He Will Be Missed: Remembering Edgar M. Bronfman, Sr.


All of us at InterfaithFamily are mourning the loss of Edgar Bronfman, who died last night.

edgarbronfmanEdgar had a powerful wonderful personal impact on our organization. He was a true pioneer and visionary for the cause of engaging interfaith families in Jewish life and community.

As early as 2004, we reprinted an article from the Jerusalem Post whose title conveyed Edgar’s attitude and foreshadowed all of his future efforts in our field: Bronfman: Children of Intermarriage Are Also Jews.

Back in 2008 I wrote that InterfaithFamily, which started as an independent non-profit in 2002, had plateaued at a funding level of $375,000 until 2006, and that I had given serious thought to closing IFF because of lack of funding support for our cause. But a tide turned in 2006, and we raised over $500,000 that year, and over $800,000 in 2007. How did this happen? Because Edgar Bronfman was the key catalyst. The Samuel Bronfman Foundation was our first major new funder that year.

We enjoyed support from Edgar and SBF for many years after. I’ve only been to the Jewish Funders Network annual conference (which isn’t meant to be a place for grant-seekers to seek grants) once: because Edgar and SBF sponsored a reception at which we spoke about IFF. And I had two memorable lunches with Edgar at what I understood to be “his” table at the Four Seasons.

More important than his impact on InterfaithFamily, though, was his impact on the cause of engaging interfaith families. The importance of welcoming interfaith families was the centerpiece of his important 2008 book, Hope, Not Fear: A Path to Jewish Renaissance. Edgar’s son, Adam, has also been outspoken in the past on the same issues, with coverage in a 2007 JTA article, and in a speech at the 2008 GA.

But the sentiments that Edgar Bronfman spoke so explicitly and repeatedly about welcoming interfaith families have sadly been rare among Jewish leaders. Unfortunately, I can’t think of anyone of Edgar’s stature who has been willing to forcefully assert the critical importance of engaging interfaith families to the liberal Jewish future. When the Pew Report generated huge discussion in the Jewish world starting this past October, the voices of the leadership of the Jewish community seemed to all be delivering the tired old “stem the tide of intermarriage” message.

No one comparable to Edgar Bronfman was heard delivering his prophetic message, in Hope, Not Fear:

 If we speak about intermarriage as a disaster for the Jewish people, we send a message to intermarried families that is mixed at best. How can you welcome people in while at the same time telling them that their loving relationship is in part responsible for the destruction of the Jewish people? No one should be made to feel our welcome is conditional or begrudging. The many non-Jews who marry Jews must not be regarded as a threat to Jewish survival but as honored guests in a house of joy, learning and pride.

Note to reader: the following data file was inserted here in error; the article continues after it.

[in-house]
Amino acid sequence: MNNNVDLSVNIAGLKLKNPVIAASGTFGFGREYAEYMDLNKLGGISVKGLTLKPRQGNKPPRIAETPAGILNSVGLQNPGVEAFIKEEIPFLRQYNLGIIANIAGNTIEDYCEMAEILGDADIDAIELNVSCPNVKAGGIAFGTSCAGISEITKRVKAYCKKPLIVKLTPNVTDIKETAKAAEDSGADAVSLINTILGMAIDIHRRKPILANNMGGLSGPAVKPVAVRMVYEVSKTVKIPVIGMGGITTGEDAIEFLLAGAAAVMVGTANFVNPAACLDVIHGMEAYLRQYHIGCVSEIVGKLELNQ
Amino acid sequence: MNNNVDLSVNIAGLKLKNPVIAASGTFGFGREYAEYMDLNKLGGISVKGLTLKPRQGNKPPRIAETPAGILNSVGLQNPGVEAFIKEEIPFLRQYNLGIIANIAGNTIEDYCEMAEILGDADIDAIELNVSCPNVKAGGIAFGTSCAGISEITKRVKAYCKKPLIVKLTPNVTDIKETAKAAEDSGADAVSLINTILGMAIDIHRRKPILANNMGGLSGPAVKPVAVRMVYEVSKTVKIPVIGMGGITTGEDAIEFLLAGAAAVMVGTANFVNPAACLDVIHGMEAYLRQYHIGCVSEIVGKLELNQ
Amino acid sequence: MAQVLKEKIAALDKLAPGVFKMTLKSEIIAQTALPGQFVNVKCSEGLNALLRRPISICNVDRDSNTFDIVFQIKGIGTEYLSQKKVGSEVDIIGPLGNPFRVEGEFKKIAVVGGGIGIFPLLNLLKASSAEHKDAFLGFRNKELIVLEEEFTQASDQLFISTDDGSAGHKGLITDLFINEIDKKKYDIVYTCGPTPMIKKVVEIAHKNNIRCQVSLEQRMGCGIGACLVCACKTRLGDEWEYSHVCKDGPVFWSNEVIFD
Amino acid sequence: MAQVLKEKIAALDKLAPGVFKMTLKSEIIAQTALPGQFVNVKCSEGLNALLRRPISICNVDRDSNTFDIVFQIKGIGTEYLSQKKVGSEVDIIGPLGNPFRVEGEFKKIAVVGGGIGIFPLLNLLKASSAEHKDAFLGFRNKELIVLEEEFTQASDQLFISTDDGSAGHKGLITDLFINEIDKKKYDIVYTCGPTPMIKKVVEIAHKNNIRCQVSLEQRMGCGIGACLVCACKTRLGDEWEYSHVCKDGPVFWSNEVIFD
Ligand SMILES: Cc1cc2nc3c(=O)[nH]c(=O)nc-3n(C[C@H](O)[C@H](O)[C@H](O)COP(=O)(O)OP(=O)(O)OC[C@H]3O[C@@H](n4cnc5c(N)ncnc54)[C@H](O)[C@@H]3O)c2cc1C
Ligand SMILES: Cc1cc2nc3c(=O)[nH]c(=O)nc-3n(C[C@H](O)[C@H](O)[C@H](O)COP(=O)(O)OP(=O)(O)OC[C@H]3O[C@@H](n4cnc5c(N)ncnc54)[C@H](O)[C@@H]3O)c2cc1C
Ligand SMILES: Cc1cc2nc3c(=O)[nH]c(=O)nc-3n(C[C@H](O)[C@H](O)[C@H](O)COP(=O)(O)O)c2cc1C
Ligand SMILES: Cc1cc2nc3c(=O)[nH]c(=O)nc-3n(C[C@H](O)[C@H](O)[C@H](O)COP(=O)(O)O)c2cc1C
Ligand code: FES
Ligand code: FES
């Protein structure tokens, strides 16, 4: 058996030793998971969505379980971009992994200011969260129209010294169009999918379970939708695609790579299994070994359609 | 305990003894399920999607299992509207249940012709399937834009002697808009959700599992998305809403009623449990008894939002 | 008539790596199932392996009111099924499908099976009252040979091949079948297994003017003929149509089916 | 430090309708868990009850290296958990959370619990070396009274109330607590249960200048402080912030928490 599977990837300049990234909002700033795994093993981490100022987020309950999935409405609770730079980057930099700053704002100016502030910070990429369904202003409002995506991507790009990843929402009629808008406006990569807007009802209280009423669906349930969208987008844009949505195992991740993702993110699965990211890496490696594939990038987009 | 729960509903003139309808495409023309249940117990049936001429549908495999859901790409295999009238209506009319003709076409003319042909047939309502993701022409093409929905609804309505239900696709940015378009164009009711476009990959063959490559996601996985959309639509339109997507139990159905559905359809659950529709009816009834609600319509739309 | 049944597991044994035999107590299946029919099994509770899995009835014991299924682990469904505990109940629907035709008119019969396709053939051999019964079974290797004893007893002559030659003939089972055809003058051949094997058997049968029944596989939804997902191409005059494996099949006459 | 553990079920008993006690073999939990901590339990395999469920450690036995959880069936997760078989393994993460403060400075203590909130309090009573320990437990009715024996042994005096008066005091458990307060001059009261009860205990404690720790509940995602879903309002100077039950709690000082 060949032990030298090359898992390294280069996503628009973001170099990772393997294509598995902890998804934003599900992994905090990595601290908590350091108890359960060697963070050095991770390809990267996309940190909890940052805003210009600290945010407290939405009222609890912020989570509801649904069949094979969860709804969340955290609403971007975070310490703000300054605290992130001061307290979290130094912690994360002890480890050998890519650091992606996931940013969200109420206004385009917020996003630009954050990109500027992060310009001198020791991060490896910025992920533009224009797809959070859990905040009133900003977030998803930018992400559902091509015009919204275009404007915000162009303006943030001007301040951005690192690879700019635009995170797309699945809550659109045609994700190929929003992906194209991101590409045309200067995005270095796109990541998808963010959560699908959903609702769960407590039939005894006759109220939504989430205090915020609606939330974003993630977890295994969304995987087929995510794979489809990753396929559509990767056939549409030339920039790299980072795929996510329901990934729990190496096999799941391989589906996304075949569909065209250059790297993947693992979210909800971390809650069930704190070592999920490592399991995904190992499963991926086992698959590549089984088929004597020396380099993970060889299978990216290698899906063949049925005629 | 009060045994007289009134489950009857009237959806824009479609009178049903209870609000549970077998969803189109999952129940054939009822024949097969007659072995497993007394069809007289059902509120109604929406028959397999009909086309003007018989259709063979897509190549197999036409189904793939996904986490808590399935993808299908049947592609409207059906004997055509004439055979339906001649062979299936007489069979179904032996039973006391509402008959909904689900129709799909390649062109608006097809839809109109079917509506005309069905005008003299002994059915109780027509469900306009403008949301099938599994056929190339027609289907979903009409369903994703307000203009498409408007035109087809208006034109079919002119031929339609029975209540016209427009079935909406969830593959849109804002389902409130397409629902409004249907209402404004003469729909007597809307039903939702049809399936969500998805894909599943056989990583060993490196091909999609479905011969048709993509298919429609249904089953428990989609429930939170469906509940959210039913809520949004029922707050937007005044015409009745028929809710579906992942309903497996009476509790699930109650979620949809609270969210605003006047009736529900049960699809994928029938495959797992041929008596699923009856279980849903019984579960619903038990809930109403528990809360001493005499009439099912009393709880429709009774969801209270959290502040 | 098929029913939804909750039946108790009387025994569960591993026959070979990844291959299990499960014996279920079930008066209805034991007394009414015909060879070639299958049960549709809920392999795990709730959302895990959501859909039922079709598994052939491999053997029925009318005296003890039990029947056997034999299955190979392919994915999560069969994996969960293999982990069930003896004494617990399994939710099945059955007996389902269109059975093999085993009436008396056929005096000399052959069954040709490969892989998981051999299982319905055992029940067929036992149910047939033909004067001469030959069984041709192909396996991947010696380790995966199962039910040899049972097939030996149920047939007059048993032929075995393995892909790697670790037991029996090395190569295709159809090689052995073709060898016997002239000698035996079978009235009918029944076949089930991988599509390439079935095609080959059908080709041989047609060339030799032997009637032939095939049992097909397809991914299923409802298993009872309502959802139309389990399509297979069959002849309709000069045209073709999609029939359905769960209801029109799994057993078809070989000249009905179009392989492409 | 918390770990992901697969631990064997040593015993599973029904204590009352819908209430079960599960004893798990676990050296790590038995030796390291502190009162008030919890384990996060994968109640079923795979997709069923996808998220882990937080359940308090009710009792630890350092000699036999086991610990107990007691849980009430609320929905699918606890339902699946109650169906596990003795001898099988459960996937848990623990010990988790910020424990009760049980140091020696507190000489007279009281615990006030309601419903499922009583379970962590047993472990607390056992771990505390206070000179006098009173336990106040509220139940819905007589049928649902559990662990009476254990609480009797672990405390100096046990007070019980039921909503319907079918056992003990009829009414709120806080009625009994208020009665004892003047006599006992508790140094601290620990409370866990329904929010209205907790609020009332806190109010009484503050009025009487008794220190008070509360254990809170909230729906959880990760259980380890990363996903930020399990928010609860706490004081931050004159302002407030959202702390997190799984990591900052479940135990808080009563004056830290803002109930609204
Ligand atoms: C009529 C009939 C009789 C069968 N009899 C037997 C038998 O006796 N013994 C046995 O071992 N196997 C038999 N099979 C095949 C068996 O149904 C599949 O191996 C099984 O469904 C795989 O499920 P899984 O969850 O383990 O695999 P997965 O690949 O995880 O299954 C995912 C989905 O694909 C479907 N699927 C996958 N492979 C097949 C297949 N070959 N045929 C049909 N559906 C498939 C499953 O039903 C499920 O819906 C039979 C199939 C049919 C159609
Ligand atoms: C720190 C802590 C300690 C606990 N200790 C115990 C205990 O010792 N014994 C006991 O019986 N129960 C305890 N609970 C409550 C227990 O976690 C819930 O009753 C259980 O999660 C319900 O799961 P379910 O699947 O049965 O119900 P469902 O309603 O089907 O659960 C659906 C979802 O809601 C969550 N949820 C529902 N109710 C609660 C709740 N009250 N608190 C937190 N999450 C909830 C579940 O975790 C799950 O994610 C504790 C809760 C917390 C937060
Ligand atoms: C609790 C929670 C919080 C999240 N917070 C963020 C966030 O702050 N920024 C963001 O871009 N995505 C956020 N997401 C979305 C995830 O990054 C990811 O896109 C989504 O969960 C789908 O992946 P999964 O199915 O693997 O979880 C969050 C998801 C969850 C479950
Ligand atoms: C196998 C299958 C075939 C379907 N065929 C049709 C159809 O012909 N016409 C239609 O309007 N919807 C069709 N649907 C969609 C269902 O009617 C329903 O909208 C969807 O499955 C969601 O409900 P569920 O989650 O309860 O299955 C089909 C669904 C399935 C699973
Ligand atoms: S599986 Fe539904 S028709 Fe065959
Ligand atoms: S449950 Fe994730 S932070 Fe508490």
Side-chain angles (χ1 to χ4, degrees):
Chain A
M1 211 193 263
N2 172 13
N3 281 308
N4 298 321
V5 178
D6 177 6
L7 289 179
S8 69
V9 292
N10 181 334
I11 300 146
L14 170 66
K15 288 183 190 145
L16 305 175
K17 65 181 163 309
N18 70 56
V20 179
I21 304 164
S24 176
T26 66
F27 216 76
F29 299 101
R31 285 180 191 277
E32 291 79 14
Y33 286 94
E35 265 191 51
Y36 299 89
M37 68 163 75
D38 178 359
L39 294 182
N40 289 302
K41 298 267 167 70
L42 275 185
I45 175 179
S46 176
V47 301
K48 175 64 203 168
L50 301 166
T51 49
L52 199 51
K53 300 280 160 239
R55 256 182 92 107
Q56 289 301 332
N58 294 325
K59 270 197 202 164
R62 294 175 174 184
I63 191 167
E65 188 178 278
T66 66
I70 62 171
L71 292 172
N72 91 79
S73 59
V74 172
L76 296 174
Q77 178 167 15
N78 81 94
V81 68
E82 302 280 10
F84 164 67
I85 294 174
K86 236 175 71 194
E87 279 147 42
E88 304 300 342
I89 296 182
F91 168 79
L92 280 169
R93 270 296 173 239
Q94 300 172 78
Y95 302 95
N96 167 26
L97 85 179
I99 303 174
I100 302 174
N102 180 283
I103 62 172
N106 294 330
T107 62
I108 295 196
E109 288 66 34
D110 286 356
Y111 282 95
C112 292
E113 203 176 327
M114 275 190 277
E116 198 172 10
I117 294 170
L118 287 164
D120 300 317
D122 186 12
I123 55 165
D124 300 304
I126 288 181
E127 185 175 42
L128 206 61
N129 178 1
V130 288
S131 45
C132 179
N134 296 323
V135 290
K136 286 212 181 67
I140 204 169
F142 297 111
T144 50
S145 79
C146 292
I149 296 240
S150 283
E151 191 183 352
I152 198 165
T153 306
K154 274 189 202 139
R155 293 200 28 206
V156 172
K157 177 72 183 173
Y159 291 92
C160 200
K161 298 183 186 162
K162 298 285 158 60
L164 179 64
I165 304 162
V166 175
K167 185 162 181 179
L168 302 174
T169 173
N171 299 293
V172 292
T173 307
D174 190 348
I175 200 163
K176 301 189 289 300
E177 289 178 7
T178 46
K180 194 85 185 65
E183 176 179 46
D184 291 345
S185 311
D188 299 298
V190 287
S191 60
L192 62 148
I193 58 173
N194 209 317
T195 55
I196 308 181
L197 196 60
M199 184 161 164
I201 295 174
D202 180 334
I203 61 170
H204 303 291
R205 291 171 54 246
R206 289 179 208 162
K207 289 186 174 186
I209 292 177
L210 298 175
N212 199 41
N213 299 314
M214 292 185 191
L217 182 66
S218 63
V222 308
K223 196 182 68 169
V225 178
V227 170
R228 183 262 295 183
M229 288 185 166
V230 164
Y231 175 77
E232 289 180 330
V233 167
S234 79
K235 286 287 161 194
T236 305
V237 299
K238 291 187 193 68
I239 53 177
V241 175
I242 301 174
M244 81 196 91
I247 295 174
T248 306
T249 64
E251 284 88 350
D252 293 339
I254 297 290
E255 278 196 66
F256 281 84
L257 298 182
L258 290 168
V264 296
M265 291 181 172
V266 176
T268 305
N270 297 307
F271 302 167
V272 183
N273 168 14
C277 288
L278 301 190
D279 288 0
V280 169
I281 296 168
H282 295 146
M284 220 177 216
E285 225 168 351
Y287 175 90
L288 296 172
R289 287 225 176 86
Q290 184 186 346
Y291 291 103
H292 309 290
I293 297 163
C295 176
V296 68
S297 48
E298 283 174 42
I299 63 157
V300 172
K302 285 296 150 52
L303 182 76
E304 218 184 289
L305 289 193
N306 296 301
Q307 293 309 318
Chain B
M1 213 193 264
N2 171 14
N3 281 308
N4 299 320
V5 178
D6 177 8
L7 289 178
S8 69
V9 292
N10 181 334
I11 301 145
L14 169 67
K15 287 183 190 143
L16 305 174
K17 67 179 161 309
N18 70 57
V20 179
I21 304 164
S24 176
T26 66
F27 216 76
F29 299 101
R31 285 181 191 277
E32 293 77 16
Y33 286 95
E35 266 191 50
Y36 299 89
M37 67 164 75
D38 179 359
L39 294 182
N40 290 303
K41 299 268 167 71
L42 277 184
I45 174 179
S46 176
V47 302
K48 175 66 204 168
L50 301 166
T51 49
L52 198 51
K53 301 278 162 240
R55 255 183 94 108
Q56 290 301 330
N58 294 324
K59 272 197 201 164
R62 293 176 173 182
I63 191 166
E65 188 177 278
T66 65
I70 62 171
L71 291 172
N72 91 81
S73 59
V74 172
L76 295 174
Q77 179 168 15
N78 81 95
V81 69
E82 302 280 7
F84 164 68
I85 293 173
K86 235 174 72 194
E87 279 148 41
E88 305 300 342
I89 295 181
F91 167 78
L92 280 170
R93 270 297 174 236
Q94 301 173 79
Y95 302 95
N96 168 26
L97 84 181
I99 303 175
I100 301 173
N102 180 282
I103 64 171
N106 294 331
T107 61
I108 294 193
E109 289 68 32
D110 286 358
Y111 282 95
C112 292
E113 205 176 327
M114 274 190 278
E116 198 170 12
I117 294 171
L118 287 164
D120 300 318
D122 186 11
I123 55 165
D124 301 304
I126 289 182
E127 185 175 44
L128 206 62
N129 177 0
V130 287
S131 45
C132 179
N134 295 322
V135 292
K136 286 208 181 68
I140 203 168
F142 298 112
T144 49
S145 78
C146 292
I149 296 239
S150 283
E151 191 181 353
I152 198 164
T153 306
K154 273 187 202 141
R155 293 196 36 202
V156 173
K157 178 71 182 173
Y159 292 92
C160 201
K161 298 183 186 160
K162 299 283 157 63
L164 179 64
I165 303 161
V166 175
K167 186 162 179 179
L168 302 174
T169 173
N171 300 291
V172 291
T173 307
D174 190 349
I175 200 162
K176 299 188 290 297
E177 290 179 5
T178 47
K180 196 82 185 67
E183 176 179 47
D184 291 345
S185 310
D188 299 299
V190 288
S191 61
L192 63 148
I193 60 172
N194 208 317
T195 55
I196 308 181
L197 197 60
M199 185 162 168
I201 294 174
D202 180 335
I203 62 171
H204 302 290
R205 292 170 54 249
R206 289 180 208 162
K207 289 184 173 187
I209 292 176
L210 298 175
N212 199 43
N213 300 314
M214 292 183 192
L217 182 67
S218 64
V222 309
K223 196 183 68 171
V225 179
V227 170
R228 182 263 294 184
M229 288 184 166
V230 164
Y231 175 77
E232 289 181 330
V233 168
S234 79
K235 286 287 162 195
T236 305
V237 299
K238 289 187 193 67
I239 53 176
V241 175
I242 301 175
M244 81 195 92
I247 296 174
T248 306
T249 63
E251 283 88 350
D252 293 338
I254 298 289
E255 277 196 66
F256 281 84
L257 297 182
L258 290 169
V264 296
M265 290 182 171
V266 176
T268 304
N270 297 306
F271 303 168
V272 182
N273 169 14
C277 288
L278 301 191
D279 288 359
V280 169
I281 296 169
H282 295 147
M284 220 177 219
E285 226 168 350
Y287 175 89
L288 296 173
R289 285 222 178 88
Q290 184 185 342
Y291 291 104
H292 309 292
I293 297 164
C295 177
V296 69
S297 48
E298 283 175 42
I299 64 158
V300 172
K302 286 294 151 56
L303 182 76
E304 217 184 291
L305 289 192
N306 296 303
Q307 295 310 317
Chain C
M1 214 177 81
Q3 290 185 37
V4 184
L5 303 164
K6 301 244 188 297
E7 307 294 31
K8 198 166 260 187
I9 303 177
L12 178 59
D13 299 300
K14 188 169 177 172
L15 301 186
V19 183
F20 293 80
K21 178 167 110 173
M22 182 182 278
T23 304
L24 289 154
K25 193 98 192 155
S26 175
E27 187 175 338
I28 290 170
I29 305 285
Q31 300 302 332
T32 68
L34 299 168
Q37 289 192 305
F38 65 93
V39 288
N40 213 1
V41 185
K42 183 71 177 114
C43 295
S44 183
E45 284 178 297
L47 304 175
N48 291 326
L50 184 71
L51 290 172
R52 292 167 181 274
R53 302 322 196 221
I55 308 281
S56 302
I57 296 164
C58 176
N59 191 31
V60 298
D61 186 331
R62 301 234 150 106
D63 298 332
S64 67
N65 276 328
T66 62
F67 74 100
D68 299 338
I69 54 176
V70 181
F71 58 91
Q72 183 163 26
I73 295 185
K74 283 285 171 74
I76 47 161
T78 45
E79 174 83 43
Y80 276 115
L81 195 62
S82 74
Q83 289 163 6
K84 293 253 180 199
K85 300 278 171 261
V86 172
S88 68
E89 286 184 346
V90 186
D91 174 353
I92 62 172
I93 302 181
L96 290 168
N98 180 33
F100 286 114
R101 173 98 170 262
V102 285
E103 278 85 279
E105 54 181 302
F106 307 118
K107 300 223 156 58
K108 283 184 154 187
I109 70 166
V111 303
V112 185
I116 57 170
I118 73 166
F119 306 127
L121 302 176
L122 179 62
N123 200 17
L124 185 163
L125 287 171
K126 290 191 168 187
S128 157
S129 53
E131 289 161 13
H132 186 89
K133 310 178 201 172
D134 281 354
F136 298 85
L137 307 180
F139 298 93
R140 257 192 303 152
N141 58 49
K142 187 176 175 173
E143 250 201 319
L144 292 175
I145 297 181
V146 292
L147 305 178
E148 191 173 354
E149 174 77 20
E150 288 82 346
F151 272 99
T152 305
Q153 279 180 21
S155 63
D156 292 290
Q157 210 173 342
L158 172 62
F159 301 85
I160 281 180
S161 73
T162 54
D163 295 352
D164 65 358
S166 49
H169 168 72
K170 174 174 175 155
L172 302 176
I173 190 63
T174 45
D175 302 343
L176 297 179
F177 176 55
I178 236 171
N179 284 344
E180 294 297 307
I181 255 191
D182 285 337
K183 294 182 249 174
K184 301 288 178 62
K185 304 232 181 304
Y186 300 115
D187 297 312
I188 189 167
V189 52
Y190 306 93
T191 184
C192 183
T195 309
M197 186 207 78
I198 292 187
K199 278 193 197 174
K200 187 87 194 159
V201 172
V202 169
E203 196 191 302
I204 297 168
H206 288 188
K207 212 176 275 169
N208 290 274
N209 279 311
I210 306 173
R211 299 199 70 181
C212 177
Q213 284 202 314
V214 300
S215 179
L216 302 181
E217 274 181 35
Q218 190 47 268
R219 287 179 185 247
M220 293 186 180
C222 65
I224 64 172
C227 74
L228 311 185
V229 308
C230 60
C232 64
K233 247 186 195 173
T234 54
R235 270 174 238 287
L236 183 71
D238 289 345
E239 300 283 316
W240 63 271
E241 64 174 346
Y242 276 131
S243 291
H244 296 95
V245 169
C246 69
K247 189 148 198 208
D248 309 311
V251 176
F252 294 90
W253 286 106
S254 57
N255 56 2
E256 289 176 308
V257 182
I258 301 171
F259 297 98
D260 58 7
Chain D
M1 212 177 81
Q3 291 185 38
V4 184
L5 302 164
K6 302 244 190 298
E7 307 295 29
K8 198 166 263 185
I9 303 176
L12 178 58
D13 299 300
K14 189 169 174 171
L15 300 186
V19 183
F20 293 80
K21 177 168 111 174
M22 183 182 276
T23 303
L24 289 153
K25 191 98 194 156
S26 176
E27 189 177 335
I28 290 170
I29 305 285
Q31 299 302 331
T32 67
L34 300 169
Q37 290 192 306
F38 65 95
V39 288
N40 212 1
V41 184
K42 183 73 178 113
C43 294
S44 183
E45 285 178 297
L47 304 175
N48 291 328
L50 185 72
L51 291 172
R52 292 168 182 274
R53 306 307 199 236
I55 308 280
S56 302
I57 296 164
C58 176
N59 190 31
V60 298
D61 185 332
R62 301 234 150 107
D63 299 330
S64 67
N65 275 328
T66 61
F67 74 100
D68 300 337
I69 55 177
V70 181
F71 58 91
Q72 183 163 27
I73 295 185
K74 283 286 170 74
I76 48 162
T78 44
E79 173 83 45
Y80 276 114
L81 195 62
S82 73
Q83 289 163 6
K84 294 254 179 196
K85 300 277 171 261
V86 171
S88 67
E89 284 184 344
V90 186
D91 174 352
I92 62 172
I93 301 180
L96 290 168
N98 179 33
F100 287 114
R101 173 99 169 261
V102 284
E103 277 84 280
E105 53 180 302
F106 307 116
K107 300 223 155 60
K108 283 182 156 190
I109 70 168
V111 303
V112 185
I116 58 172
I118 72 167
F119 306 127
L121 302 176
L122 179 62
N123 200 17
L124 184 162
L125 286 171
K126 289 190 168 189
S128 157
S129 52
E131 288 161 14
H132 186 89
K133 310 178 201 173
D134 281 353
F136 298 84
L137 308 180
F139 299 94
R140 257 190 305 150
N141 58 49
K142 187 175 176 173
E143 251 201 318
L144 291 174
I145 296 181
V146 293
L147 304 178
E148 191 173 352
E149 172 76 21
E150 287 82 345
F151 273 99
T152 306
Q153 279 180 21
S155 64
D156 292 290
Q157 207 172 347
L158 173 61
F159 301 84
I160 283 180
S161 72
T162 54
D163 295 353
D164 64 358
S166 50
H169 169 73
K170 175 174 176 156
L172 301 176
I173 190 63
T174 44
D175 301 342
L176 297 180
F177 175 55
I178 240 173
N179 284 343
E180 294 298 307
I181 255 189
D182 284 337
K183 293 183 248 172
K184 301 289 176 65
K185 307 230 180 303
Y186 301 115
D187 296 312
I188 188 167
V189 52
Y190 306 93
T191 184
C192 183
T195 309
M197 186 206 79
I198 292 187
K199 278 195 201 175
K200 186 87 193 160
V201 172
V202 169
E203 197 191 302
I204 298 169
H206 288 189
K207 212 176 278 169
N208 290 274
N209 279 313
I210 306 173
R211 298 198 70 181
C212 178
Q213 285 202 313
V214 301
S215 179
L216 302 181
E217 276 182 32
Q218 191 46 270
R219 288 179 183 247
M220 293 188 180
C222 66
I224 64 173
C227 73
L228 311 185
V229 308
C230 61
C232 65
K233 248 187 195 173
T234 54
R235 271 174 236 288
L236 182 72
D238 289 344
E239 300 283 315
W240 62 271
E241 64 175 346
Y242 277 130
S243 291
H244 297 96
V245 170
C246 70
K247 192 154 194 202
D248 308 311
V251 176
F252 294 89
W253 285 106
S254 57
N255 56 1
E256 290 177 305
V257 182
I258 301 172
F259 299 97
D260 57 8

The oft-cited figure that among intermarried families only 33 percent of children are raised Jewish does not take into account the possibility that if the Jewish community were more welcoming, those numbers could grow dramatically.

We can only hope that some Jewish leader somewhere will pick up the mantle Edgar has left behind and continue to champion the cause of engaging interfaith families Jewishly.

We send our condolences to Edgar’s family and to the staff of The Samuel Bronfman Foundation and the non-profit organizations that were closest to his heart.

This post originally appeared on www.interfaithfamily.com and is reprinted with permission.

Edgar Bronfman In the News


edgarbronfmanEdgar M. Bronfman, one of InterfaithFamily.com’s most important supporters, has been in the Jewish press again recently: j. the Jewish news weekly of Northern California re-printed an article about him from the Canadian Jewish News.

Mr. Bronfman, who is approaching 80, occasionally speaks publicly about his book, Hope, Not Fear. We published an excerpt from the book and blogged about it back in 2008 when it first came out.

The recent j. article includes many pithy, to-the-point observations by Mr. Bronfman:

I’m not advocating intermarriage. What I’m saying is that intermarriage is here. It’s here to stay. Let’s make it work for us, rather than against us.

Being Jewish is a choice today, not a condition … The problem is not that Jews are falling in love with non-Jews, it’s that Jews are not falling in love with Judaism.”
Jewish law [should be changed] to recognize paternal, as well as maternal, lineage…. Patrilineage was the norm among Jews until the 12th century and the time of Maimonides. We don’t have to worry about keeping the bloodlines pure nowadays. We have DNA.

bronfmanbookcoverIn 2008, at the General Assembly of the United Jewish Communities (now the Jewish Federations of North America) both Mr. Bronfman and his son Adam spoke out in favor of inclusivity. In a blog post at the time, I reported that Mr. Bronfman said in his speech that the Jewish community needed to stop regarding intermarriage as the “enemy” while Adam urged the Jewish leaders in attendance to consider the potential for positive Jewish involvement by interfaith families.

Long before his book, Mr. Bronfman was a leading advocate for including interfaith families in Jewish life. In 2004 we reprinted an article about him from the Jerusalem Post, and the article title says it all: Bronfman: Children of Intermarriage Are Also Jews. We ran Sue Fishkoff’s fascinating interview of Adam Bronfman in 2007.

I hope both of the Bronfmans will continue to lead the effort to welcome interfaith families to Jewish life.

This post originally appeared on www.interfaithfamily.com and is reprinted with permission.